For a PDW, I was asked to develop a short list of paradoxes linked to the strategic human capital (spoiler alert for those of you planning to be at the session at 8am on Friday). I’m sure some of them would not surprise you in the least. Others might spur some discussion though. Here is the short list:
- Rent from human capital may not show up in profitability
- “Who” is a firm?
- Firm-specificity isn’t as important as we might think
- HR Departments may not matter much
- High performance work systems don’t tell us much about such advantages
Rent. The first point is what you would expect from me so let me dismiss it quickly. Obviously, if rent is linked to human capital, some portion of it is likely to be captured by people. Nuff said.
Who is a firm? A sharp distinction is made between hiring on the spot market and an internal labor market. Rightly so. However, one might think that once labor is “internal” such people are part of the firm. Read the rest of this entry »
A recent paper by Chad Syverson (2011, JEL) has created a bit of a buzz in strategy research circles. Entitled, “What determines productivity?” this paper surveys work in economics over the past decade or so on persistent differences in levels of firm productivity. As I have pointed out elsewhere, one of the traditional differences between economics and strategy is the focus on efficiency versus distributional issues. Economists tend to be motivated by the former – loosely, how much aggregate value is created in an industry or economy? – and strategy scholars by the latter – loosely, how and why is that value divvied up? Going by the title of this paper, my strategy colleagues might easily pass it up as yet another example of work in economics that doesn’t quite match up with our specific interests.
That would be a mistake. Indeed, I urge all strategy scholars (and those working to become strategy scholars) to take a very careful read of this paper and the papers it cites. Firm “productivity” is, of course, theoretically defined as output per unit of input. In practice, however, empirical measures are often constructed using revenues in the numerator and costs in the denominator. Simply subtract the denominator from the numerator and you have … profit . Thus, many of the citations here are about persistent differences in profit performance among firms … which is exactly the object of interest in strategy.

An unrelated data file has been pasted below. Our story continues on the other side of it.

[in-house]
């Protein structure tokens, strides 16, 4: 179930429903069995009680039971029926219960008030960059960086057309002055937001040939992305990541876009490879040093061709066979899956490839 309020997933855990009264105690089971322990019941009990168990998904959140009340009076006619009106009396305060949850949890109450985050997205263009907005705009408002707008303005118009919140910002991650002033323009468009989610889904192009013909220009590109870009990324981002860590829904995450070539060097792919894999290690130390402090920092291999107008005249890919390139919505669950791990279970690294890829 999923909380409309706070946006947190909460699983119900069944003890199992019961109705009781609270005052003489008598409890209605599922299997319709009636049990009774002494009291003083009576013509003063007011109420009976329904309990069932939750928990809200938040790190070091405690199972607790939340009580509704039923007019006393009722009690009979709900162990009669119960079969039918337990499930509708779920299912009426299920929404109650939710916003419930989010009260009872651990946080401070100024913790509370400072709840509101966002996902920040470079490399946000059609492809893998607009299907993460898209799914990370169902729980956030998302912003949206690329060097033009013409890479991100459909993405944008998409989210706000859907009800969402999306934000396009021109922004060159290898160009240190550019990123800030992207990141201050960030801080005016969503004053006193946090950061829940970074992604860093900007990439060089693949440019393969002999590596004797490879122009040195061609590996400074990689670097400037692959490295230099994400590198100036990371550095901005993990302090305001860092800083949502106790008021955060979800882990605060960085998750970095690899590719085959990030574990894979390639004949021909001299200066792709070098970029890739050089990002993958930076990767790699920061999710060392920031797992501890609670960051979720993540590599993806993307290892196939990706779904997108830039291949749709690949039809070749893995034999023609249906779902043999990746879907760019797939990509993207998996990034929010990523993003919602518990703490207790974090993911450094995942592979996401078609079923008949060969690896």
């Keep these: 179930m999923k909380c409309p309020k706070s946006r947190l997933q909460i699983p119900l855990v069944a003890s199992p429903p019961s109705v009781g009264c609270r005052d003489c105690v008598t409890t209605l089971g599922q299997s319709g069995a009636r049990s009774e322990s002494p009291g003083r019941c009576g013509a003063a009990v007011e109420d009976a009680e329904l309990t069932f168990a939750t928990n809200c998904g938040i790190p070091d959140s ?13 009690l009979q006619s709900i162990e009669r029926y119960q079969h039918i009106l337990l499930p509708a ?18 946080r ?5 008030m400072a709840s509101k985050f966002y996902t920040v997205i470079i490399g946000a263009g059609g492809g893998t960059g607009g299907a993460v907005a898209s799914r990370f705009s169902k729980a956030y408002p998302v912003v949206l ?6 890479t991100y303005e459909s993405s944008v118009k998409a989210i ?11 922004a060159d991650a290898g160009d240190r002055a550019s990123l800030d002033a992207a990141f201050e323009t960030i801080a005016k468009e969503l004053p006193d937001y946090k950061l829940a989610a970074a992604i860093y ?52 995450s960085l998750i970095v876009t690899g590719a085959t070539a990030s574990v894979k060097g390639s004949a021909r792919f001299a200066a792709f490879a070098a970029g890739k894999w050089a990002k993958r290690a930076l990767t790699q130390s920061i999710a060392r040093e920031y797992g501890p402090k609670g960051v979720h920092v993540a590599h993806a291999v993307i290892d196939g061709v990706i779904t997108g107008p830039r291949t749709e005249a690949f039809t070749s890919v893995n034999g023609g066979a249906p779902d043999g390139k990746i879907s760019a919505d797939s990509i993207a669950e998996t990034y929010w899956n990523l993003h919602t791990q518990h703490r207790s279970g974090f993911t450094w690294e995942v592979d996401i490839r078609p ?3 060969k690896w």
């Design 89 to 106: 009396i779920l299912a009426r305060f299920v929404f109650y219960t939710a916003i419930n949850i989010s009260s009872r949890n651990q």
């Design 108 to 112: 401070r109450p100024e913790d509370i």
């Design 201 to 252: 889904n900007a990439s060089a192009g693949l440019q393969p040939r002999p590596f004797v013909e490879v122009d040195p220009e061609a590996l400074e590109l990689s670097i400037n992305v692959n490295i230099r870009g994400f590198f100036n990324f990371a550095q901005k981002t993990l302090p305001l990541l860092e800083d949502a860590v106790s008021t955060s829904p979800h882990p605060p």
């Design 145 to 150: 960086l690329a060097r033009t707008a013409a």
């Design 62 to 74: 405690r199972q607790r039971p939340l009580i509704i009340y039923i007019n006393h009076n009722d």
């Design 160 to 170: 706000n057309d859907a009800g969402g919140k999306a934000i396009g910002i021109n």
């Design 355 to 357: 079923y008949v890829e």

What surprised me about this paper is just how much work has been done on these issues in the last ten years. Among the sources of systematic and persistent performance heterogeneity examined in recent work are: competition, sunk costs, technology spillovers, organizational structure, human capital, incentive systems, information, learning-by-doing, and managerial talent & practices. I believe that list includes pretty much all the sources of competitive advantage contemplated in the strategy literature. By the way, the paper focuses only on empirical contributions, no theory. One of the striking things about this is the sophistication of the methods used to identify causal effects. Among a raft of others, work by Bloom and Van Reenen (2010) and Forbes and Lederman (2011) stand out as exemplary. Over 100 papers published in the past decade are cited and, again, that’s not counting any theoretical contributions.
On the one hand, it is great to see so much interesting research activity on a topic near and dear to strategy. On the other hand, it seems that strategy has lost interest in the foundational questions that animated it early-on. In the 1990s our field felt alive with big-think empirical work by people like McGahan, Porter, Rumelt, and Henderson. Are we ceding our core issues to economics? Or, does the increasing popularity of these issues in economics just mean more outlets for our work? Either way, my guess is that the indirect competition is good and, to the extent journal editors are paying attention, will tend to raise the research quality bar.
Some time later I was the faculty advisor for a small MBA readings group and one of the books we decided to read was Moneyball. I quickly discovered that the book indeed is a good introduction and case study of some central issues in strategy: human capital, appropriation and competitive advantage. Billy Beane and Paul DePodesta’s strategy was brilliant. As the students read the book, they immediately understood the power of a more scientific approach to managing human capital (e.g., selection) and the power of differentiation. It seems, though I’m no baseball fan (it’s hockey or soccer for me, since I grew up in Finland), that the game of baseball has changed as a result. (Though, of course sabermetrics had been around for quite some time).
I have also now seen the movie. I quite liked it. And the movie stayed relatively true to the book. I may use the movie in future classes, as some sort of extra assignment.
There are certainly some more academic-y strategy issues to discuss related to Moneyball – but perhaps I’ll highlight those in a later post. As Google Scholar shows, Moneyball seems to have influenced research in various disciplines (psychology, decision-making, human resources, economics).
Here are some academic blogs that have recently reviewed Moneyball, the movie:
- Christine Hurt at the Conglomerate.
- Fabio Rojas at orgtheory.net.
- Greg Mankiw only makes a remark about the Harvard-Yale issue.